We’ve all been there. You set aside time to write. You spend all day thinking about that moment when you can finally put your pen to paper, or your fingers to the keyboard, and write. You spend all day fantasizing about your main character, Lily. You wouldn’t dare to admit this in public but you often walk around pretending that you are Lily and adopting her mannerisms and habits. You let her take over your being, your essence, so that when you finally do sit down to write, you are disappointed that the words do not come.
You type her name, and then the next word, a verb. But then, you shake your head. You delete that last word. And then, you stare at the screen, at the blank, very white Word document. You can see the words that are there but they just won’t come. The words are stuck. You are stuck. How do you unblock yourself?
Well, my friend, I’ve been there. On more than one occasion. On several occasions, actually. And I’m here to tell you what I do to get over writer’s block.
Okay, this is a given. But it is really important. Even when the words just won’t come, I recommend that you designate a time. It can be at 6:00 in the morning, before you head off to work. Or, it can be at 3:00 in the middle of the night. Choose a time that works for you. And then, open up your Word document, or Google Docs, or whatever you use. You don’t have to work on the same writing project everyday. Instead, I recommend that you mix it up a little. Work on your main writing project every other day. And then, for the rest of the days, use a random writing prompt generator such as this one.
In fact, for the past week, I have been writing every night at 9:00 PM. For an entire hour. I choose a random writing prompt and then I copy and paste into a Google Doc. And then, I write. I admit, sometimes I’ll sit there, staring at the computer screen, my fingers poised over the keyboard. And eventually, miraculously, the words will come.
By setting a deadline, as well as a prompt, I can make sure that I don’t succumb to writer’s block. Remember when it’s Nanowrimo time and you just have to write a minimum of 1667 words per day. Well, this is kind of the same thing. By telling yourself that you have to write a certain amount of words, about a certain topic, in a certain time frame, you are giving yourself purpose and a goal. And sometimes that is all that is needed.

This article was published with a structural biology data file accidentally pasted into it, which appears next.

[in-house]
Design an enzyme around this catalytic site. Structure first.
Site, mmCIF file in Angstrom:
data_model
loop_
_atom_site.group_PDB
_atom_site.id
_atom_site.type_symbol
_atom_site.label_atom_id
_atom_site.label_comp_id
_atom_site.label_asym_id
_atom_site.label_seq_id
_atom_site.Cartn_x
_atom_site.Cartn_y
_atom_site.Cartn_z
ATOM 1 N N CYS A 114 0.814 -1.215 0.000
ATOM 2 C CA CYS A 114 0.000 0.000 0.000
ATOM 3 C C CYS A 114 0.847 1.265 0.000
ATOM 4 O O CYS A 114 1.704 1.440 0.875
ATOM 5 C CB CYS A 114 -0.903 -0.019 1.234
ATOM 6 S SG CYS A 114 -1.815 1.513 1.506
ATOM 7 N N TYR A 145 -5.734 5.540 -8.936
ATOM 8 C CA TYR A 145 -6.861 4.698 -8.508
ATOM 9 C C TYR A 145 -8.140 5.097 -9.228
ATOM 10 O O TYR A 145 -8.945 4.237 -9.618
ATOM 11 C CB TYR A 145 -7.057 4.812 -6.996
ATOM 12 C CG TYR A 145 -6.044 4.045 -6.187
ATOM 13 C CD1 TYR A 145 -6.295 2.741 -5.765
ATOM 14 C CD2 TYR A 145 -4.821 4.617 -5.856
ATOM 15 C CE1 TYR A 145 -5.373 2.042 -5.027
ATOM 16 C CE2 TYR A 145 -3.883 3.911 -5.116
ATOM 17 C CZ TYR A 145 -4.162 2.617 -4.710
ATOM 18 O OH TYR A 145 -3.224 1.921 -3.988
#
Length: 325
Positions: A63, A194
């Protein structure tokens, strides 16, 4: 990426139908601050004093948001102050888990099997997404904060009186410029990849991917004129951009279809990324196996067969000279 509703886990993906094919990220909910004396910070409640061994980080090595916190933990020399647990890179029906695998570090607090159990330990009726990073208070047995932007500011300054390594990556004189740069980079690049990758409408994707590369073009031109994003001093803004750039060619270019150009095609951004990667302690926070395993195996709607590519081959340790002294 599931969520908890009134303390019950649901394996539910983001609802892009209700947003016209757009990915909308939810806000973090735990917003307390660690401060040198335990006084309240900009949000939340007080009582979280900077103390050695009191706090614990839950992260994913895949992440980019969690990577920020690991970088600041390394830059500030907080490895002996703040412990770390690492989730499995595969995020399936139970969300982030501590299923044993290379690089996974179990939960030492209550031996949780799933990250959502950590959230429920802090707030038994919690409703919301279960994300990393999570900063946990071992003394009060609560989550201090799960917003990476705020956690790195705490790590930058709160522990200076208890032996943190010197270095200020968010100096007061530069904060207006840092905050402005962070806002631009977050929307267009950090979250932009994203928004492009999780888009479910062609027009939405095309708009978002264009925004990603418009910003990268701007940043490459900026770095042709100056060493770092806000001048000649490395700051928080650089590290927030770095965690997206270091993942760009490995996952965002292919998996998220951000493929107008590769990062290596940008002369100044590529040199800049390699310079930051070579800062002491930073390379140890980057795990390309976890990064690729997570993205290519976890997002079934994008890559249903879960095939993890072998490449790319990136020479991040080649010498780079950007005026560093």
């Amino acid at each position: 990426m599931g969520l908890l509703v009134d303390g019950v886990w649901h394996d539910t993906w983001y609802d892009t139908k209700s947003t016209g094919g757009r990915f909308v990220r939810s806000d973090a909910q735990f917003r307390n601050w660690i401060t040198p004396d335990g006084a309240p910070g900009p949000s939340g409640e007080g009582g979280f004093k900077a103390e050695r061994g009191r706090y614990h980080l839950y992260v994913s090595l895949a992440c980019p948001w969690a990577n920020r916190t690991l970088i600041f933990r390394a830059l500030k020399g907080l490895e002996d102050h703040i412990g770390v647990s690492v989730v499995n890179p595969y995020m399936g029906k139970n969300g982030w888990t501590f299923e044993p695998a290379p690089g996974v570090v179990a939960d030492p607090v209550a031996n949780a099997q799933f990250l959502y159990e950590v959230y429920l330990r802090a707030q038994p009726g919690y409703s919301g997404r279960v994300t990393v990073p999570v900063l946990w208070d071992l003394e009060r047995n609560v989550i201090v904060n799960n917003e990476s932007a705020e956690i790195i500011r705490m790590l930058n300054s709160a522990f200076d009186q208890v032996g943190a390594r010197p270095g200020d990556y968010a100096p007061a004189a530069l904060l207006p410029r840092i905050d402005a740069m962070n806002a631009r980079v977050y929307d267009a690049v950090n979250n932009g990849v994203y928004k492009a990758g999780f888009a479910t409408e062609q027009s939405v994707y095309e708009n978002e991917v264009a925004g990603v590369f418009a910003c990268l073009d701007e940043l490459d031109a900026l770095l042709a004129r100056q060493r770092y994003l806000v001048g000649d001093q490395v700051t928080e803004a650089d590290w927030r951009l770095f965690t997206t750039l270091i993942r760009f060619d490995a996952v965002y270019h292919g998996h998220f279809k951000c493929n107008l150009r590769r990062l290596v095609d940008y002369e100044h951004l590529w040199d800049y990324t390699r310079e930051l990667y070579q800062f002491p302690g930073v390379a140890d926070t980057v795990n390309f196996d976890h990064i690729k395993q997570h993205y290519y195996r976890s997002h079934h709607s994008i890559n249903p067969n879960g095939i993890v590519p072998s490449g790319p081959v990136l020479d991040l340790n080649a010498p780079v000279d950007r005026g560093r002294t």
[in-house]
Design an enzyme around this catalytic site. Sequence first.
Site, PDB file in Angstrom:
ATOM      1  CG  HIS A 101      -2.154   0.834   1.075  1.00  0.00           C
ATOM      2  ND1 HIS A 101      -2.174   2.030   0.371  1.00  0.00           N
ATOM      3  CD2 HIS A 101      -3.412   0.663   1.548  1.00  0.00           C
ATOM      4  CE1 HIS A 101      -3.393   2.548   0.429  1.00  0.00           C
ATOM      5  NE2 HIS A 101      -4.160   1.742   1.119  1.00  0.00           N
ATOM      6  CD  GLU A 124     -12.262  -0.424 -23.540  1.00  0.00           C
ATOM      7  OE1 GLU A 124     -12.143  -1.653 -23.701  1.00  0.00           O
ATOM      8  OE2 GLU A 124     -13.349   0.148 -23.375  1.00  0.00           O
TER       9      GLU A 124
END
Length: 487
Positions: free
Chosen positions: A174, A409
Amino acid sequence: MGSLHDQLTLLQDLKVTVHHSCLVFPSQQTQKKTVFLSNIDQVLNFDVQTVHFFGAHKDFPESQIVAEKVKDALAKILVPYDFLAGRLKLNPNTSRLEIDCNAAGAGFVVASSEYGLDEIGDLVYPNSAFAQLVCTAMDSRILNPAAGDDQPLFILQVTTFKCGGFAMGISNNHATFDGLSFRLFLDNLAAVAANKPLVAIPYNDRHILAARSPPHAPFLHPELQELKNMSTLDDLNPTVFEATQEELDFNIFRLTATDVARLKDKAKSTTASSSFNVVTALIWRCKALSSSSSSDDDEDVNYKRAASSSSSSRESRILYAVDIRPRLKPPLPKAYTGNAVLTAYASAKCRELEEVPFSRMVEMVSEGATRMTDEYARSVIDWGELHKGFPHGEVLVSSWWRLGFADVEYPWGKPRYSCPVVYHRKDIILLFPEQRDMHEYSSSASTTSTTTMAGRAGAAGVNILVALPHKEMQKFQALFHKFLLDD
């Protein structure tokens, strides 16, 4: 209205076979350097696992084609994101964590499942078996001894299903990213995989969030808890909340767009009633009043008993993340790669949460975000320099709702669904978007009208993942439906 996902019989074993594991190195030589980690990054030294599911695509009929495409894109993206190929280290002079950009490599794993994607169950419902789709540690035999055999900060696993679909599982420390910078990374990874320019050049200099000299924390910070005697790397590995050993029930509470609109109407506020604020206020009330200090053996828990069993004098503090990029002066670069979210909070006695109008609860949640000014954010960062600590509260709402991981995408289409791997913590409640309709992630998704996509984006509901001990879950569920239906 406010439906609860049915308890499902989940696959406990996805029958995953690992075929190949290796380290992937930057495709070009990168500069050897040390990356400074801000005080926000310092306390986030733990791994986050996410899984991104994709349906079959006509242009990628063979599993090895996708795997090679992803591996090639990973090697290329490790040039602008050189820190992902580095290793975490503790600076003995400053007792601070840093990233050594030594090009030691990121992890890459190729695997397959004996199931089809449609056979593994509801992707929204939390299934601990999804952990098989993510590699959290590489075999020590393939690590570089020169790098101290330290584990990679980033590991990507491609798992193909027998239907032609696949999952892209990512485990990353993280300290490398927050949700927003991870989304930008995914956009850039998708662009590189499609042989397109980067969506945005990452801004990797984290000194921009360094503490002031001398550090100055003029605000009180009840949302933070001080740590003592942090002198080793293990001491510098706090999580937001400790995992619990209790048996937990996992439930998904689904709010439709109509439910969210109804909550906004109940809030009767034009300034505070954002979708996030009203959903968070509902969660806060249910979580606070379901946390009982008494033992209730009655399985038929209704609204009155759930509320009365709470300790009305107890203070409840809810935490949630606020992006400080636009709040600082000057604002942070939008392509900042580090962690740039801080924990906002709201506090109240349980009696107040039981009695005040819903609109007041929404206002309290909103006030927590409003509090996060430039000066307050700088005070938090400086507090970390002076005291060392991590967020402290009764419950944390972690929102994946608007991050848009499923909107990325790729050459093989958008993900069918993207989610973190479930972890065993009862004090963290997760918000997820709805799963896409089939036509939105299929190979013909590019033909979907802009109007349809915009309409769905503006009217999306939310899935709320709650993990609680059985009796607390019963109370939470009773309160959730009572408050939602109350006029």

Okay, you’ve tried to write. You’ve been staring at that computer screen for thirty minutes. You’ve probably hit the backspace button more times than you can count. But the right words just don’t seem to be coming. What do you do?
Well, remember in elementary school, when your teachers had you brainstorm? Take those fingers off the keyboard. Grab a piece of paper, or even just open a fresh new Word document.
And then, ask yourself this question: what is the topic about?
Say that this is your writing prompt: “Alcoholism is like crying.”
And then, type in, or write, “alcoholism” at the top of your page.
And then, write all the words that remind you of “alcoholism.” Remember that word association game that you played on online forums? Quick! What do you think of when you think of “alcoholism”? I think of: alcohol, beer, addiction, wine, cravings, disease, and so on.
Once you’ve exhausted all the words that you can think of that you remind you of alcoholism, then move on to a sub-category, such as “addiction” or “disease.” Do the same thing here. Keep doing this until you notice a pattern emerging.
For example: alcoholism –> addiction –> cravings –> passion –> love –> writing
Based off these six words, you could now write a story about a fifty-year-old writer who is an alcoholic. How does he cope? Does he use his writing to cope? In what way? Does anyone help with his disease? A family member, significant other, friend, child? How are they affected? What is his relationship with them?
See what I mean? Keep asking questions. Keep associating words with new words.
3. Take a Break.
But sometimes, the words still don’t come. What do you do then? Take a break. Go outside. Take a walk. Take your dog for a walk. Read a book. Eat a snack. Just do something that will get your mind off the writing project. Sometimes the best ideas come after we’ve taken a break.
Your break can be as short as five minutes or as long as a day. Just take a break and let your mind wander.
Let me know what you think! What have you tried? What works? What doesn’t work?